Dreaming: Through the
Gates of Horn & Ivory

by Caitlin Kiernan, Peter Hogan
(Vertigo, 1999)

Neil Gaiman's Sandman comics series is categorically a classic in the field. Certainly, a certain trepidation about other authors mucking about with his uniquely defined characters is not only understandable, but expected.

Not to worry our continuity-riddled grey matter! In this, the second collected volume of The Dreaming comic, Caitlin Kiernan (who wrote the majority of the collection) proves more than up to the task. Here we have Gaiman archetypes like Mervyn, Matthew the Raven, Eve (yes, THAT Eve, the first one!), the Corinthian (a very bizarre dream who here deals with his addiction to eyeballs -- no 12-step program was ever like this!) and, my personal favorite, Lucien the librarian of dreams.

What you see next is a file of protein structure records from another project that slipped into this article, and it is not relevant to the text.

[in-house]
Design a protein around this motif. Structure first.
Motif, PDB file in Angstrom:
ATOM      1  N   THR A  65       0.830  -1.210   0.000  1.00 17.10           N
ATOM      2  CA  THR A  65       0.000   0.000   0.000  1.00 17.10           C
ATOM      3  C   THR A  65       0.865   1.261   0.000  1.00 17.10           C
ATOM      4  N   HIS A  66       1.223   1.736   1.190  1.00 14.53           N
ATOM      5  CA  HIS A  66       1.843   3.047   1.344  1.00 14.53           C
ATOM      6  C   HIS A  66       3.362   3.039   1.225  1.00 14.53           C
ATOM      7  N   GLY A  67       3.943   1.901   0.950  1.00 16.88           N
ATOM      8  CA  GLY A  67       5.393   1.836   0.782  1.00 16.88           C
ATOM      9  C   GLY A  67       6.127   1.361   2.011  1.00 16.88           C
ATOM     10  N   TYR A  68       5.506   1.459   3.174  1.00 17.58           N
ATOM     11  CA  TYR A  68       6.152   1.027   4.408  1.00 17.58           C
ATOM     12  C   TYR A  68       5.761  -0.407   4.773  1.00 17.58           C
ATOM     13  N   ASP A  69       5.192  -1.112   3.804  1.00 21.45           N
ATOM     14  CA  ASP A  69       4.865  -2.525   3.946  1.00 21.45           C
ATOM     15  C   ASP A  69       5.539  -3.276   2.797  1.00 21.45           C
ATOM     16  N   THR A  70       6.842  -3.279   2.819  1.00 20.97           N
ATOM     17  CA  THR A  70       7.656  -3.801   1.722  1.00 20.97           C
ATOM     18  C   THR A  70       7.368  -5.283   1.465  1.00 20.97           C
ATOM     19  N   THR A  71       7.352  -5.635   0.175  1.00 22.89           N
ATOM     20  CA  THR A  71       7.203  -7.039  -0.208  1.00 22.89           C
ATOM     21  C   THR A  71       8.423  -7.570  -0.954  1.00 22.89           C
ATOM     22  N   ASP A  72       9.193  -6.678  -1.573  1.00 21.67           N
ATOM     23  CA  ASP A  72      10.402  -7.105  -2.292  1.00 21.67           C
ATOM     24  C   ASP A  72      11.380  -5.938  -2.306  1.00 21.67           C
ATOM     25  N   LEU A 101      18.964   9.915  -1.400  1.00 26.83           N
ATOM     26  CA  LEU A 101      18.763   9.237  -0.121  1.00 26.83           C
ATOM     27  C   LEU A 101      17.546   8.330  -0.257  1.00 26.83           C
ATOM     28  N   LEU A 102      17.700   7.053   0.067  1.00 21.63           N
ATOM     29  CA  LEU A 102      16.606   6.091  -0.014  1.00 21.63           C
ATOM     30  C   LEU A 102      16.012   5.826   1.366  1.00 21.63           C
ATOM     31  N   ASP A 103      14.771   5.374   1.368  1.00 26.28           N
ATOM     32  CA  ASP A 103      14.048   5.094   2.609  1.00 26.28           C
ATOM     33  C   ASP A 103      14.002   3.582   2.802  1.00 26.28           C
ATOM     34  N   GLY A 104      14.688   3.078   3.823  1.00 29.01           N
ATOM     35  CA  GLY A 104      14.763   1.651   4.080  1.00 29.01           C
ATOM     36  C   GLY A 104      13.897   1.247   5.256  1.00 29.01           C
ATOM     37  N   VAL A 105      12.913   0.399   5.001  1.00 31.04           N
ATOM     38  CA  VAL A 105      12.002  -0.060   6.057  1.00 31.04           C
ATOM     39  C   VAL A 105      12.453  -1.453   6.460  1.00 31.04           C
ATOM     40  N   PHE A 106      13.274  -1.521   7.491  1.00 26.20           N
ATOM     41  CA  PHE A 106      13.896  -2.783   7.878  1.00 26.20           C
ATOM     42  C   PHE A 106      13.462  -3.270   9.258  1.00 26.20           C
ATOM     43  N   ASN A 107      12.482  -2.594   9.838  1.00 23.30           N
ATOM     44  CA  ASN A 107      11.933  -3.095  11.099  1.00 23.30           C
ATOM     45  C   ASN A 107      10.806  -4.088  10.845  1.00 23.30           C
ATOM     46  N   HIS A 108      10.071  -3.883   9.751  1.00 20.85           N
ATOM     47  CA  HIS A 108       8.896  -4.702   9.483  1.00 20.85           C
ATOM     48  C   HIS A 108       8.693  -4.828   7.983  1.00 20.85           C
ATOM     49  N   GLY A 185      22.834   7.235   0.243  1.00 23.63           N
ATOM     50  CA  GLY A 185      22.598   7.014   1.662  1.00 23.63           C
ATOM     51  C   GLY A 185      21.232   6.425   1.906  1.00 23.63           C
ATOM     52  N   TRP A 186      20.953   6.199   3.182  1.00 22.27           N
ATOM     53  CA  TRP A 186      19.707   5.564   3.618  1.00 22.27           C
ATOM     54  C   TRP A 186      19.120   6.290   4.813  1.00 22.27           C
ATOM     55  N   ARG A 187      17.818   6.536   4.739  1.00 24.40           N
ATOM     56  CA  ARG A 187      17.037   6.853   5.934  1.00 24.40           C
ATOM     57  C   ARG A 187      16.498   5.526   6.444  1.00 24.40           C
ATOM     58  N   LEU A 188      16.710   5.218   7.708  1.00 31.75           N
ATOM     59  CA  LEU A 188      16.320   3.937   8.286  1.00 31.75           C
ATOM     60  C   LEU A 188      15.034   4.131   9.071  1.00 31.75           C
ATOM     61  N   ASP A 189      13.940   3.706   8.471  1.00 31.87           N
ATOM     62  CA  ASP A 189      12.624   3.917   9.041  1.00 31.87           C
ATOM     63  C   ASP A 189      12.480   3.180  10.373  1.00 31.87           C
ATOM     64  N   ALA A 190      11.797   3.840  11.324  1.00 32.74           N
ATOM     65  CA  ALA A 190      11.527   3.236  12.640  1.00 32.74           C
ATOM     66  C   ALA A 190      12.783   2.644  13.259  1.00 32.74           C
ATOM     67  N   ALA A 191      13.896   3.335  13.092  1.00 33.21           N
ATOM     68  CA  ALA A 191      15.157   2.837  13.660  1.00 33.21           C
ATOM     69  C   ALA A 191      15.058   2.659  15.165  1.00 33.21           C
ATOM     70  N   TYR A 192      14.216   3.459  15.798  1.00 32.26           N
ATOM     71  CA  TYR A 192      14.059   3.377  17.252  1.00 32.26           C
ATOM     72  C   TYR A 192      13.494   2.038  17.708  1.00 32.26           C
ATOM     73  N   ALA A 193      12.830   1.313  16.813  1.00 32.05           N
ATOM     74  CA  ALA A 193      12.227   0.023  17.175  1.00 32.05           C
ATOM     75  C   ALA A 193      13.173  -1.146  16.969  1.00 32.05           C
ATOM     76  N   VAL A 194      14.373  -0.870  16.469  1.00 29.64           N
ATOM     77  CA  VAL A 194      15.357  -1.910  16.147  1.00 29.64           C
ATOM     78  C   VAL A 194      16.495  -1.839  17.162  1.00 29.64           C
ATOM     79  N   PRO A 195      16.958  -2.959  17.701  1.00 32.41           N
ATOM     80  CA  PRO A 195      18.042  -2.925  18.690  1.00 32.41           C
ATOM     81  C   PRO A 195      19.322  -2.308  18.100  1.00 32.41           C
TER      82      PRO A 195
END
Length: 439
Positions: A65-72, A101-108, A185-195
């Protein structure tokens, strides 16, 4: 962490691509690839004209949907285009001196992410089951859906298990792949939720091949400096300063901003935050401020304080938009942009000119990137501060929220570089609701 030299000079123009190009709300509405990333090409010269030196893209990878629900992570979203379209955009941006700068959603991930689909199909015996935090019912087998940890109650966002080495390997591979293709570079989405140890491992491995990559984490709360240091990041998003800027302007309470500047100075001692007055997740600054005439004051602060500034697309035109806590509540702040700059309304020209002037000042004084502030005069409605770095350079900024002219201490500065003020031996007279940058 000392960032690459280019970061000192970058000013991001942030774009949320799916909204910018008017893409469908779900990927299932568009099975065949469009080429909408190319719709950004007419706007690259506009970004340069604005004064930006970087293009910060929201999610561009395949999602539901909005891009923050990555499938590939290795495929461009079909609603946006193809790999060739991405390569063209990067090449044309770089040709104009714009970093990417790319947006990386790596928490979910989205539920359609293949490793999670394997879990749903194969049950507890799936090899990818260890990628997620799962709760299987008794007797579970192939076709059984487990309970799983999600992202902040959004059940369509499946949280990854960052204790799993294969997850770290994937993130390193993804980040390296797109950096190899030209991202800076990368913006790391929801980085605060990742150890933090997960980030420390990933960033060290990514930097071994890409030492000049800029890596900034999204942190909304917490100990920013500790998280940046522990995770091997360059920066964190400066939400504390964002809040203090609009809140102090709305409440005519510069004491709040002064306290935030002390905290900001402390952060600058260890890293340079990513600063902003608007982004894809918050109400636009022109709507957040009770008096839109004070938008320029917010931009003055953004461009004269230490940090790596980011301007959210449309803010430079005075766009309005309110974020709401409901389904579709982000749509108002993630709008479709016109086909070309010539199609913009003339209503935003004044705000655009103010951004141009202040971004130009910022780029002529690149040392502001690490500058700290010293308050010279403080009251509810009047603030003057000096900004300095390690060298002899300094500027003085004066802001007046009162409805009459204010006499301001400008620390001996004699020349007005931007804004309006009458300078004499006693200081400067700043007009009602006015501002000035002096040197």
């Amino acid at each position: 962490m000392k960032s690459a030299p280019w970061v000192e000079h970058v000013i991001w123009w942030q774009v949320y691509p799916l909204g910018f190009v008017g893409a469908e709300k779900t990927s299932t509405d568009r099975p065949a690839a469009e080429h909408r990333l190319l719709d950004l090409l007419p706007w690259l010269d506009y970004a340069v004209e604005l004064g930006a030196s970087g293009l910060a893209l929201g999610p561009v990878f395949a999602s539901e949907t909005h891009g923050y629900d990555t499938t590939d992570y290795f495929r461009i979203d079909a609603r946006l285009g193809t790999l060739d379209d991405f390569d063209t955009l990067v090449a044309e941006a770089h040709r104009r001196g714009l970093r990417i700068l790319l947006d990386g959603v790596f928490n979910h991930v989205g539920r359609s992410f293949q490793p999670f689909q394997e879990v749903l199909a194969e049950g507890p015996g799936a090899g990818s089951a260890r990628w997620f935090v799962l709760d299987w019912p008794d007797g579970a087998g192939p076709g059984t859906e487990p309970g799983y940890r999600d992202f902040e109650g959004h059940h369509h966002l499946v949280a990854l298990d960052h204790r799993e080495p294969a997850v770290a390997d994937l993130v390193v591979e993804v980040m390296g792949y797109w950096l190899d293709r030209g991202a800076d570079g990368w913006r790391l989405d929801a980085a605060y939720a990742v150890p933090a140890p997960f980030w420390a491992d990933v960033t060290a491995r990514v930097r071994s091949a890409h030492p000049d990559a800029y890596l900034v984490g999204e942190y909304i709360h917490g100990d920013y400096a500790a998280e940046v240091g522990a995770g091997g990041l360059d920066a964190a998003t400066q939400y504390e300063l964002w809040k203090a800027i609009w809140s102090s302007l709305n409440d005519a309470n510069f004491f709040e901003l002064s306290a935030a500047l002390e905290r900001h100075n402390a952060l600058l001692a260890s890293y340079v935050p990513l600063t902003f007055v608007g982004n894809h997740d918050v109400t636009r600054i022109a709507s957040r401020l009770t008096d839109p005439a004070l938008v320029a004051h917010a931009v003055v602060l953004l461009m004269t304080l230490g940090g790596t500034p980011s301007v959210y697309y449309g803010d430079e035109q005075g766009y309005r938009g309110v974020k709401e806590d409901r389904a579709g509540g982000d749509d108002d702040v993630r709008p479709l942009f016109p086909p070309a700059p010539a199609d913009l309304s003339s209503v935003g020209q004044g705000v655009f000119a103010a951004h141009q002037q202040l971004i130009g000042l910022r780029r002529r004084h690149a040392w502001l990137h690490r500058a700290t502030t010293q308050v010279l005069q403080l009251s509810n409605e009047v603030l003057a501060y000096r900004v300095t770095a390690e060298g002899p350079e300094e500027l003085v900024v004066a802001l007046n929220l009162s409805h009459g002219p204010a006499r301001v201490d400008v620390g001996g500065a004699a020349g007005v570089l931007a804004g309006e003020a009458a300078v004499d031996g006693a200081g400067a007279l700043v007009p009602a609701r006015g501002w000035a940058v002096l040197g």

The stories are all handsomely sophisticated, with even more than a touch of Gaimanesque erudition. Additionally, while Kiernan's style, even semantics and syntax, are mindful of Gaiman, much of her prose is solely her own.

As with Gaiman's masterful oeuvre, this is comics in its finest form, and it makes a grand introduction to those who have either forgotten or never known the pleasure of comics.

by Stephen Richmond
11 March 2006

Buy it from Amazon.com.